"Made of dark rough stones laid in a very simple manner with white chalk filling the fissures, the Kaaba is an empty cube - nothing else. You cannot but shiver and wonder about what you see Here ... There is no one! There is nothing to view! An empty room (cube) is visible. Is that all?!! Is this the center of our faith, prayers, love, life and death?

Questions and doubts arise in your mind. Where am l? What is here? What you see is the antithesis of your visual imaginations of the Kaaba. You might have perceived it as an architectural beauty (like a palace) whose ceilings covered a spiritual silence. Another possible portrayal was that of a high tomb housing the grave of an important human being - a hero, genius, imam or prophet! No - instead it is an open square, an empty room. It reflects no architectural skill, beauty, art, inscription, nor quality; and no graves
are found there. There is nothing and nobody there to whom you can direct your attention, feelings and memories."

I've always wondered why there isn't a Lonely Planet Guide to Hajj with maps of the city, good places to dine in Mecca, where to shop (you'd be surprised, I picked up a few great things last time I was there), hotel guide, main attractions (its not just the Kaaba there!), transport and etiquette (how to live communeally, use the glisteningly clean Saudi washrooms etc). It would be a sell-out this time of year. Since we're on the topic of business and Mecca, the Economist's aptly? named article "Meccanomics, Profit from the Prophet" explores this interesting relationship- never knew land prices are around £60,000 per square metre in the Holy city! One of my friends jokingly said to me once, "globalisation has existed in Mecca for over 1000 years", referring to Mecca as the melting pot of persons of every race and colour. Another person was telling me about a staunch Marxist who went to Hajj out of obligation and found his basic communist ideals there and repented!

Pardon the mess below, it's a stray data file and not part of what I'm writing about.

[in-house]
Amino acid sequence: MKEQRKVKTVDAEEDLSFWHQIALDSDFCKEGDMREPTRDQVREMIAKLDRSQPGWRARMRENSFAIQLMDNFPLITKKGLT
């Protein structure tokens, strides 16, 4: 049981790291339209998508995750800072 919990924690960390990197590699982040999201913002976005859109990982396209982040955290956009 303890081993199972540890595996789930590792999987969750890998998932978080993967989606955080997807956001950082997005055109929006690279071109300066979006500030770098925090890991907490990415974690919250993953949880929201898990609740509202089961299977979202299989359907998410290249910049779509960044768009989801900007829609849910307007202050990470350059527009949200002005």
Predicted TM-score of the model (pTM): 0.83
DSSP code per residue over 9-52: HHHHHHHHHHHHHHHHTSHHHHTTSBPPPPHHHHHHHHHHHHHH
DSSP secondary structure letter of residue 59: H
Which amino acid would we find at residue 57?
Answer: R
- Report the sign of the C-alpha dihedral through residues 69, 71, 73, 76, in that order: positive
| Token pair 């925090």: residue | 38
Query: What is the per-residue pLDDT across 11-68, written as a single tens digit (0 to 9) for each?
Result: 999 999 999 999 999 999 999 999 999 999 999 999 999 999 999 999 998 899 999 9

Posted by BB @ 1/21/2005 05:54:00 PM

Read or Post a Comment

Eid Mubarak memsaab, the plan is to retire to my mountain cave and contemplate life, once i can afford the flunkeys, SL55, etc etc etc, and of course - your company. Till then the life of a highly paid slave is my karma.

Posted by Anonymous

Posted by Anonymous Anonymous @ 1/21/2005 07:02:00 PM #

Eid Mubarak Bahrania..... 

Posted by Bugs

Posted by Anonymous Anonymous @ 1/21/2005 10:39:00 PM #

Eid Mubarraq!

I spent it for the first time after 16 years away from my mum, and dad, and the whole Muslim village of Malaysia. This time, I'm here in Abu Dhabi, in the cold, looking at sand dunes, and wondering what I'm doing here..

Tis an experience though, but I'm still lonely. 

Posted by AA

Posted by Anonymous Anonymous @ 1/23/2005 02:59:00 PM #

Hope you all had a great Eid my friends- Changaiz, Bugs, AA.

Changaiz: i'm sure at least u'll have the hunting skills for living in the mountains as a result of predator-like lifestyle that is city life.

Bugs- hope u had cosy Eid in Sweden...

AA- sorry for the lonely Eid! Although Eid is the best in your own country, second-best is any other muslim country. I'm sure AD must have toned down its Eid celebrations due to Sh. Zayed's death. 

Posted by Bahrania

Posted by Anonymous Anonymous @ 1/24/2005 09:10:00 PM #
<< Home